Titanic at full steam on the morning of April 15, 1912
PART 1: The Arrival
April 15, 1912 (Year 1)
Captain Smith was up and getting dressed when the knock came at his door.
“Enter.” Smith called out. In walked Chief Officer Henry Wilde.
“Sir, lookouts have just reported that they’ve sighted land.”
“Land?! But we are still two days from New York. Are they sure Officer Wilde?”
“As far as I can tell sir. They have reported spotting the coast about 15 minutes ago, along with seeing two pulsing lights off in the distance.”
“This makes no sense. We should be no where near land. Even if we somehow altered course..”
“What about that strange light that Officer Murdoch reported last night.”
“The one he said that happened when we were about to strike a berg? We don’t know what that was or what happened to the berg or anything.”
“Well it is possible that all of this is somehow related.”
“I suppose it could be. Follow me to the bridge Officer Wilde.”
The two walked out of the captain’s cabin and onto the bridge. The First and Second Officer’s were already there.
“Gentlemen, I’m told that the lookouts have spotted land?”
Lightoller spoke up, “Yes sir. Land ahead, as if we were headed into a natural harbor.”
“Any idea where we are gentlemen?” The captain asked, a look of grave seriousness on his face.
“Unfortunately not sir. We’ve been trying to determine our location with the star charts last night but were unable to do so. We have..” Murdoch was interrupted by Wilde.
“Look!” Wilde pointed out the window. They all looked out. They were clearly passing into some sort of natural harbor. “I could swear this looks like we are passing into the Lower Bay.”
“The entrance into New York harbor? That’s impossible Wilde! We’d be able to see the city from here, and there’s nothing out there but wilderness.” Exclaimed Murdoch. And on that he was right. Nothing but untamed wilderness seemed to stretch out before them on the coast. Smith stepped outside and took a better look, studying the coastline. After some time he spoke.
“You know, I think Wilde might be right. It looks like we are coming up on the Verrazano Narrows, about to enter the Upper Bay.”
“But that can’t be! Where’s the city?” This time it was Lightoller who called out. What was going on made no sense to them. Just then, Fourth Officer Joseph Boxhall entered the bridge.
“Captain, the passengers are beginning to ask what’s going on. They know we aren’t supposed to be near land yet. The crew is asking what to tell them.”
“Honestly, Officer Boxhall, I wish I knew what to tell them myself.” Then, remembering what else he’d been told by Wilde earlier, the captain turned and asked his men, “Did you not say that the lookouts saw some sort of flashing lights in the distance?”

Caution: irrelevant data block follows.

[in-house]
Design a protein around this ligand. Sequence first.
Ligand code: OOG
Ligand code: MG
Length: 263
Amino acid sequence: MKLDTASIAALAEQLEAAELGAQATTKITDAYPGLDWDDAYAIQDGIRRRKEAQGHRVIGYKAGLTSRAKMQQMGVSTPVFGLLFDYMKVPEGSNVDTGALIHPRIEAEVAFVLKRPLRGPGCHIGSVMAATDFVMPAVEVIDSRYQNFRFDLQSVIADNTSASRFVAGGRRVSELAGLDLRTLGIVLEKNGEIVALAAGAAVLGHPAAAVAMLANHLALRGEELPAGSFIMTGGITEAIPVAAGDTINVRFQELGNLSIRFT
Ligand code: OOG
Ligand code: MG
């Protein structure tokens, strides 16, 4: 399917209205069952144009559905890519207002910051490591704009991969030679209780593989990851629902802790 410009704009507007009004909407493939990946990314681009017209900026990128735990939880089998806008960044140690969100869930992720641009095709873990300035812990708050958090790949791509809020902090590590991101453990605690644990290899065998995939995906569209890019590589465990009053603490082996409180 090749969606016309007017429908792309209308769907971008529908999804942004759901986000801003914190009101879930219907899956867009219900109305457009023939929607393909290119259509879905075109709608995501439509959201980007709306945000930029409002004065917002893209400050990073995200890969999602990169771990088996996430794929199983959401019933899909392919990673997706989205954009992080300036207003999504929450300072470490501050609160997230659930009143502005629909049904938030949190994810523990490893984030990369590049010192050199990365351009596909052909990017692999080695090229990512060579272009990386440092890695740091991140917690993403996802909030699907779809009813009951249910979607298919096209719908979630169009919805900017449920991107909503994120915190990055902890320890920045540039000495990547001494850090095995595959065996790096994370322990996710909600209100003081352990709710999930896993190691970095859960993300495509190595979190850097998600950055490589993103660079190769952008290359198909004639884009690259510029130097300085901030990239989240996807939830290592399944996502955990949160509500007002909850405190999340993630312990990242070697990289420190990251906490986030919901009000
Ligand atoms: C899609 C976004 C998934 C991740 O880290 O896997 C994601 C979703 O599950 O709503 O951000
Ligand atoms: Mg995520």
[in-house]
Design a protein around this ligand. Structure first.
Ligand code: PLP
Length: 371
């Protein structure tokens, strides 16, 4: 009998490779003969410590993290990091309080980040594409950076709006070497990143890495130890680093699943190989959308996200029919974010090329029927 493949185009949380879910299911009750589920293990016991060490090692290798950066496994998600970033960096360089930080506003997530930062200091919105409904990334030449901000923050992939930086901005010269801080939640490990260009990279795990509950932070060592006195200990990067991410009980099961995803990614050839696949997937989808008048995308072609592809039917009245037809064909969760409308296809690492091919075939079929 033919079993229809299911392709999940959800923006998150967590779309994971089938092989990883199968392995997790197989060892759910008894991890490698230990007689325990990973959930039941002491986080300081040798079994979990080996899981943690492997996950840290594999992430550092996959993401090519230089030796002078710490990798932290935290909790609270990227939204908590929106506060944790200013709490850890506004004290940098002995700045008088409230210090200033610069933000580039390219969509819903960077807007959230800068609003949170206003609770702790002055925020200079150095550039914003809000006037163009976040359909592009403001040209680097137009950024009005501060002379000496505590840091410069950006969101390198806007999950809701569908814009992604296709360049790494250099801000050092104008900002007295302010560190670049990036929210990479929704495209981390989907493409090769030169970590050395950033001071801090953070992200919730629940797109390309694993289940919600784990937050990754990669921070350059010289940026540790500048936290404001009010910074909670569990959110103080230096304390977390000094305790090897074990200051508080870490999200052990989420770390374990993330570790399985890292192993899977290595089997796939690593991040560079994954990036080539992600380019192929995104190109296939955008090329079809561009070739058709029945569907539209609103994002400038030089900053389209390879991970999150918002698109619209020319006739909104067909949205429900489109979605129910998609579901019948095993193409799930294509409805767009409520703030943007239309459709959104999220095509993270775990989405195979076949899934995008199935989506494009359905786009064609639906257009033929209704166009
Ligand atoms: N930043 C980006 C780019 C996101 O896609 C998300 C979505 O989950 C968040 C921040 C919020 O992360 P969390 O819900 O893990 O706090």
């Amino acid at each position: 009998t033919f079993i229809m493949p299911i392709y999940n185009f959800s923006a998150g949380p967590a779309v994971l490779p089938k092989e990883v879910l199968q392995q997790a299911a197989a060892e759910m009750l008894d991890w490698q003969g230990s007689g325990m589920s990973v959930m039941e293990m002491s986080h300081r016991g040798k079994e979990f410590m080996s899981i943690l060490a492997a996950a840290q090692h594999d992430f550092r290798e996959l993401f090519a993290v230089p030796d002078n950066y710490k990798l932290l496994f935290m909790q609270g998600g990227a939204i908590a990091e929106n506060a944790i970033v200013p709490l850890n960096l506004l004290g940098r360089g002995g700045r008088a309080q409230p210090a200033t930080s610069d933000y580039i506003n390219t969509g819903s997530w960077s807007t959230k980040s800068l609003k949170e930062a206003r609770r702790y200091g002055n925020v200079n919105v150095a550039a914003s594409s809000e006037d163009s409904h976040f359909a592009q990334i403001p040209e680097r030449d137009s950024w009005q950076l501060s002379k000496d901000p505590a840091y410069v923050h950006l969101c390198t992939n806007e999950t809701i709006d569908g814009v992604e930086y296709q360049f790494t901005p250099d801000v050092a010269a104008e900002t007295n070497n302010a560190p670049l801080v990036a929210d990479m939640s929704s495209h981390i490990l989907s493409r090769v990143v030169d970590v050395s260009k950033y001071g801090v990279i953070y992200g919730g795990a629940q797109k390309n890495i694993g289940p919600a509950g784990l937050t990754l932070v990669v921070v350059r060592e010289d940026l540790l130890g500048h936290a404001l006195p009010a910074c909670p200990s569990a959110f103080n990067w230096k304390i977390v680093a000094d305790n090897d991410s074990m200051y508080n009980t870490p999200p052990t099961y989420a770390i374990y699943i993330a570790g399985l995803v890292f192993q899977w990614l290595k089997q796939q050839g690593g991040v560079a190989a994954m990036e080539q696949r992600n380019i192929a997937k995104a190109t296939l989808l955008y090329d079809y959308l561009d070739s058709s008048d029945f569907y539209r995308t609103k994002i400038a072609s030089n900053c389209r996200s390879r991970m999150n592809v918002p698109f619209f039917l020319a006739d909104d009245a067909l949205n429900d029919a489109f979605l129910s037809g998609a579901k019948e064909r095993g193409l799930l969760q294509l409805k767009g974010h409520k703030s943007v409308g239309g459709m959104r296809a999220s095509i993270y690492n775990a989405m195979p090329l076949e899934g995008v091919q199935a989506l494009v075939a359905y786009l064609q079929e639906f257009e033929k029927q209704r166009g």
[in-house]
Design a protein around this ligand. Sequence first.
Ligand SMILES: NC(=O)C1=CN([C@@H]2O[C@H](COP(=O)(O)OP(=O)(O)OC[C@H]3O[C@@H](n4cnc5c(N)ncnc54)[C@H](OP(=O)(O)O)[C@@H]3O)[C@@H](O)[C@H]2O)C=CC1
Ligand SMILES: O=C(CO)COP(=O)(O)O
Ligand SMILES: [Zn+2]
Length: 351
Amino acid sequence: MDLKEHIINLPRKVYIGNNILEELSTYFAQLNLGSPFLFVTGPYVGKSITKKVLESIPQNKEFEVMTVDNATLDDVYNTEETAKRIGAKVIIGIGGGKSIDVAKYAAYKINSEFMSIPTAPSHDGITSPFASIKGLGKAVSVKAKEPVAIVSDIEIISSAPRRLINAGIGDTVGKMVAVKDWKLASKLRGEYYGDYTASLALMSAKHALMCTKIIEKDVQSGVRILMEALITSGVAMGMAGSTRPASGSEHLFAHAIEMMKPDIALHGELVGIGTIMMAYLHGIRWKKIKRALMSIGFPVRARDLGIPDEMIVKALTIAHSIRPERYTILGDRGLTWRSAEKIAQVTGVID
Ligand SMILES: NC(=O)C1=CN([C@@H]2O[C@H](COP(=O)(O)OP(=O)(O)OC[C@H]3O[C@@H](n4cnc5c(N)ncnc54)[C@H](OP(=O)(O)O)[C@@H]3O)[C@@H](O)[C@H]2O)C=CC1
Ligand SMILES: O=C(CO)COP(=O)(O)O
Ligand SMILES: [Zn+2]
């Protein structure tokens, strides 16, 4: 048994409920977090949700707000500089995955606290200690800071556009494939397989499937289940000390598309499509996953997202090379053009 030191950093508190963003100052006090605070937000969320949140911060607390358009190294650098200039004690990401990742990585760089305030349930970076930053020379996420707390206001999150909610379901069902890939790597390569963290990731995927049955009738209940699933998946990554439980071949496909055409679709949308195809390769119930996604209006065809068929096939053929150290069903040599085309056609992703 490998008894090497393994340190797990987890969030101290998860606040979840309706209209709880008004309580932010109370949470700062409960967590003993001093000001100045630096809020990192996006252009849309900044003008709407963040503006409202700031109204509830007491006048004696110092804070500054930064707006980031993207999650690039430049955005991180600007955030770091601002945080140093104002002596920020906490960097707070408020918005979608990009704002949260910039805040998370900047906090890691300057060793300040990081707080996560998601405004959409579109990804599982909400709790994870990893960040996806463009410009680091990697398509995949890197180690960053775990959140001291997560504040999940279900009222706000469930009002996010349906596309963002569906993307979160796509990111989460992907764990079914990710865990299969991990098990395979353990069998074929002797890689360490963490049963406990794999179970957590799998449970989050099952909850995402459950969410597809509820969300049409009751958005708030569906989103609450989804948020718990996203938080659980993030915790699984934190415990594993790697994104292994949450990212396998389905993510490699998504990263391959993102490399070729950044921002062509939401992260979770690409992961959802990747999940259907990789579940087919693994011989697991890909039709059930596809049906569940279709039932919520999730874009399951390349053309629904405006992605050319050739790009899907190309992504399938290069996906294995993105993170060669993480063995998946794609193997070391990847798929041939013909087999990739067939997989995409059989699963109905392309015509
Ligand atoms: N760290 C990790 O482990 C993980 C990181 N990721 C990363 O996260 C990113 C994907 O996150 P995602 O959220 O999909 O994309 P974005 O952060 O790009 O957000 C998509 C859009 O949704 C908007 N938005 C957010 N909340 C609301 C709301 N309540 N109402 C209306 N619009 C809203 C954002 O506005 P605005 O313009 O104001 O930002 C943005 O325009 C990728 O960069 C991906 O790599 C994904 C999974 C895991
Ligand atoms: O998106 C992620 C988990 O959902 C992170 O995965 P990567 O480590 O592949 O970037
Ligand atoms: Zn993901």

“Yes sir, two of them, one red, one white, flashing in the distance.”
“Well, then there must be something out there, even if the city is obviously missing. “ He turned to Officer Boxhall, “I think for now we tell the crew to tell the passengers that we are in an emergency situation and that we are trying to assess just where we are and what’s going on, and as soon as we know something concrete, we will pass it along to them.”
The Titanic anchored before the ship went through the Narrows. Officer Murdoch had pointed out that, even if this was New York Harbor, it was obviously not the one they knew, and so there was not telling what lay underneath the water, and it would be dangerous to go any further. At 1 p.m., Officers James Lowe and Harold Moody took two dozen men and lowered one of the lifeboats to go and investigate the mysterious lights they’d seen flashing on Manhattan Island. It was hard work, rowing across the Upper Bay. They passed Governor’s Island at just after 3. They could clearly see the flashing light coming from the East River, so they continued to head to that side of Manhattan Island. As it neared 4, one of the men called out, “Look, Officer Lowe, there’s a dock!”
Sure enough, there was a long dock flush with the river. There seemed to be a few buildings along the water front as well, and a tall metal tower that had a flashing light at the top. They’d obviously arrived at the source of one of the flashing lights. Lowe and Moody ordered the men to row up to the dock, where they found a ladder, tied up the boat, and climbed up on to the dock. Several strange looking warehouses lined the paved surface of the dock. Lowe ordered the men to spread out and investigate. They found the doors to the buildings unlocked, and inside the buildings were empty, but obviously designed to be some sort of warehouses.
As he came out of one of the warehouses, one of the crewmen came running up to Lowe.
“Officer Lowe, Officer Lowe!!”
“What is it seaman?”
“Sir, there’s a road heading inland from the dock!” The man said, pointing to where this road was at.
“Lets see it.” Lowe said, and then looked about and spotted Moody. “Officer Moody, follow me!” Moody walked towards Lowe, who was being led by the crewman over to this road. And sure enough, the pavement surface of the dock continued away from the dock as a road headed inland into the forest that ruled the island.
“Should we investigate, Officer Lowe?” Moody asked, staring down the road as it headed into the woods.